Conversations for the Business

Some people have a knack to pick up or close a business deal in just a whiff. I wonder how easily or smoothly the conversation (that otherwise seems casual) turns into something serious and ends into a potential deal or even a ‘draft work order”.  I get simply amazed to witness such a progression.

I have always failed in generating consulting business through conversations. Either I am awkward or sometimes too self-critical of myself and stay quiet. Often, I lose my wits when discussions start drifting to commercials where I am not so comfortable.  In such cases, I accept a graceful defeat.

Many times, I end up giving my insights that my potential client can use to prepare a ToR and ask for bids from others. “What are you doing Dr Modak? You are simply axing your opportunity? “ says my inner mind but still I let it go. There have been instances where  I even go ahead and recommend someone else while I know that I am perhaps the best person to solve the problem.

I have seen on the other hand consultants who pitch themselves or their services pretty well to the client. They look at every opportunity of “business connect” between the “dots” and “commas” of the conversation. And many times, some homework is also done prior to the conversation to know areas of weaknesses, budgets and priorities. Its like pushing the ball effortlessly to the side pocket on the billiard table. I don’t like such cooked-up conversations. They must be natural and gracefully done even if securing business is the interest.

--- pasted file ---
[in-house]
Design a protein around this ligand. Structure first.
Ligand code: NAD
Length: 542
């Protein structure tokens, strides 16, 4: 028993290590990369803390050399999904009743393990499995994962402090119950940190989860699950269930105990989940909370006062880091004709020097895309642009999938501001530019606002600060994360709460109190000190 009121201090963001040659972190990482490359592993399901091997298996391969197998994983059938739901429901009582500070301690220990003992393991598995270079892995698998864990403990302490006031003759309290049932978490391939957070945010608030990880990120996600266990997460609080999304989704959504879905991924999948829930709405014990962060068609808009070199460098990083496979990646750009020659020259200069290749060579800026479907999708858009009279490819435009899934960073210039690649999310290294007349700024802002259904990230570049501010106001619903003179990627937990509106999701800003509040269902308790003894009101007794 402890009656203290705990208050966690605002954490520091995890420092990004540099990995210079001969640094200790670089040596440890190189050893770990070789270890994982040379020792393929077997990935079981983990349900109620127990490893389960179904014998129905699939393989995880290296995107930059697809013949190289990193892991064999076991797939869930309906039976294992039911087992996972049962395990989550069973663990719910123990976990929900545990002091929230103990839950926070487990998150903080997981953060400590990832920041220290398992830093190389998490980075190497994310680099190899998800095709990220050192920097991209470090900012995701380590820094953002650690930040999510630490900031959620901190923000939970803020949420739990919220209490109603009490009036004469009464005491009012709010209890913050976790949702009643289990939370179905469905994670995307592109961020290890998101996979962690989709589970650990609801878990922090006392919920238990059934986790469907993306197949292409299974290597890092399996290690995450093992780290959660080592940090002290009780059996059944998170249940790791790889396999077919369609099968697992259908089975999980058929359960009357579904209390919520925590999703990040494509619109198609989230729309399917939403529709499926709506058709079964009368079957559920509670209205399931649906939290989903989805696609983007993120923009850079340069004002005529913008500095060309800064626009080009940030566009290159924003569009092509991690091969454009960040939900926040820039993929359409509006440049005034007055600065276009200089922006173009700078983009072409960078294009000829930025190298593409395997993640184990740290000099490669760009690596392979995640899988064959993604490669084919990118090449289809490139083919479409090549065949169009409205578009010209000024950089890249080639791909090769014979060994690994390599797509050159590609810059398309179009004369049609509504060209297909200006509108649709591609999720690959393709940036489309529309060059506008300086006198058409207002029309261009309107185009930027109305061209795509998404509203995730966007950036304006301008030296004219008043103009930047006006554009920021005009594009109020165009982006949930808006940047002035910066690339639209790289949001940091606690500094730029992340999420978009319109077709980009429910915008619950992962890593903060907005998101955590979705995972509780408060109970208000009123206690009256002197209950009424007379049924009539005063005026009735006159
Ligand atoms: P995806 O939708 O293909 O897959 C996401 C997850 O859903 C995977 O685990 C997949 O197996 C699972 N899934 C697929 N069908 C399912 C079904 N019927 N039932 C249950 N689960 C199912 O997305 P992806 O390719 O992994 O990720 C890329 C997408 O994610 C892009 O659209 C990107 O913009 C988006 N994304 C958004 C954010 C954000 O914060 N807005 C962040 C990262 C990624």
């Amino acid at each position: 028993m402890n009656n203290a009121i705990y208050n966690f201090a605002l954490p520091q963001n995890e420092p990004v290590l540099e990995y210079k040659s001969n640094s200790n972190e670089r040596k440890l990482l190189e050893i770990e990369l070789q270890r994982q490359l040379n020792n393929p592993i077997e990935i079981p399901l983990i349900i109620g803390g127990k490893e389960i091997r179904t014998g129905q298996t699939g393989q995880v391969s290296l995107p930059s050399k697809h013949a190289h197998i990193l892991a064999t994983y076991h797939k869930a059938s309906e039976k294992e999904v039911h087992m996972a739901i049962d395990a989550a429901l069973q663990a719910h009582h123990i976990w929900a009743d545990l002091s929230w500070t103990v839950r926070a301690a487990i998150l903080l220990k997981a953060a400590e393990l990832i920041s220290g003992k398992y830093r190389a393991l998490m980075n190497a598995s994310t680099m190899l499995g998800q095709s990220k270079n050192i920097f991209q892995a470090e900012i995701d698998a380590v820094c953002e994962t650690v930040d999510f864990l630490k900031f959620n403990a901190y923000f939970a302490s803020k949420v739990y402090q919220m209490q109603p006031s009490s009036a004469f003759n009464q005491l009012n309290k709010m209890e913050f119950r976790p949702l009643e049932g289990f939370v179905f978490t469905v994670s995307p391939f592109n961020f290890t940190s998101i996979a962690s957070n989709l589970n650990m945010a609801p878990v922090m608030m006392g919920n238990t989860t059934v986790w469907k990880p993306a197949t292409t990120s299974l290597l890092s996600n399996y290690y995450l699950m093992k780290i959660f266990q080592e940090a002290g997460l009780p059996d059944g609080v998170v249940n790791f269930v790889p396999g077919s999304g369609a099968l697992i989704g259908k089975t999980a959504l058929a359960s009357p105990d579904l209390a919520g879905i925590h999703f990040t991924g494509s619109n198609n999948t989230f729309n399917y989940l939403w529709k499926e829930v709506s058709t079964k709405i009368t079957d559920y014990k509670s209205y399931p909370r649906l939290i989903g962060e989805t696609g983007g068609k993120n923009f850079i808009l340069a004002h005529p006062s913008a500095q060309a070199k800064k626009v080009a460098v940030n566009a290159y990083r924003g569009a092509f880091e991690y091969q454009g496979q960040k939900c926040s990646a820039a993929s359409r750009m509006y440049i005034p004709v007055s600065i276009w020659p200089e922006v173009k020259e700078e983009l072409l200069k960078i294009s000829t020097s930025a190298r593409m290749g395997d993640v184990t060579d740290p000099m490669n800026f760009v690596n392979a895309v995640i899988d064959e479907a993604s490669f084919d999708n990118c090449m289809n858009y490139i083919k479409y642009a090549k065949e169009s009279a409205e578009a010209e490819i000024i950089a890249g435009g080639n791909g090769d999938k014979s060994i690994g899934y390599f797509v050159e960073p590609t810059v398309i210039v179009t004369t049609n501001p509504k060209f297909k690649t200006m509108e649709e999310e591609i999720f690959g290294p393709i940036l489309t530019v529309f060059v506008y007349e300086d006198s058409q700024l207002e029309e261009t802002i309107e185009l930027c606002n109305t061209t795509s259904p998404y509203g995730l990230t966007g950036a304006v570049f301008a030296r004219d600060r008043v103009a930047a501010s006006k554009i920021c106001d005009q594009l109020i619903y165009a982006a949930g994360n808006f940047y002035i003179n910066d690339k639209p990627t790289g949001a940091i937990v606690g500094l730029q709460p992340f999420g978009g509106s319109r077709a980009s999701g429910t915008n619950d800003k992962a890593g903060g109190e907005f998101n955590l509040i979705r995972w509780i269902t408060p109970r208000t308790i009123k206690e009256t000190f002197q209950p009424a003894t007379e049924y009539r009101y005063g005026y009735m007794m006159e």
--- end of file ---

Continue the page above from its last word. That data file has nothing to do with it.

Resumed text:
When I spoke to my Professor Friend about my views on conversation for the business, he just smiled. “Oh, you have a lot to learn Dr Modak. But, sure, one of these days I will give you some training”.

Interestingly, this day was not too far. Two weeks later we were in Pune and returning to Mumbai after a meeting at the Pune Municipal Corporation. The meeting got over a bit early, so Professor decided to visit a friend at a Caprolactam processing factory in the Bhosari area of Industrial Development Corporation.

He called General Manager (GM) Gaitonde and said that he would like to drop in and say hello. “Haven’t seen you for a while” he said.

Do drop in Professor, said  GM Gaitonde.

When we reached the factory and entered GM Gaitonde’s cabin, it was around lunch time. Gaitonde had already made arrangements for our lunch with his colleagues in the dining hall.

Professor introduced me to GM Gaitonde. We shook hands.

With a rather naughty expression on his face, GM Gaitonde told me that my Professor Friend has a bad habit to discover consultancy opportunity each time that he meets him. I hate to say this to you Dr Modak, but this man has an instinct of extracting business through conversations. Every meeting I do with him, he walks out with a consultancy contract.

GM Gaitonde turned to Professor and said.

“But today my Friend, come what may, I am not going to give you any business whatsoever. And I seriously mean that. No jokes”

Professor did not mind GM Gaitonde’s anguish and warning. Instead of responding, he just patted on his shoulder and smiled. I guessed that they must be good friends.

“No worries Gaitonde, I am not a businessman. I am just a Professor. Now let us go to the dining hall as your colleagues must be waiting ” He reminded.

The dining hall was for senior executives. There were 8 colleagues of Gaitonde who were already on the oval shaped wooden table, waiting for us. We all had brief introductions.

We were served with a tomato soup and Russian salad. We spoke about several problems industry is facing. GM Gaitonde said that water supply is becoming a serious issue and water prices are rising steeply.   I was aware that caprolactam based plants consume huge quantities of water in the production of Nylon-6.

Professor turned to the Chief who was in charge of utilities and asked “Sir, how much water do you consume a day?

Chief answered “2400 m3 Professor. This number has been steady over the last two years. Production is steady too.”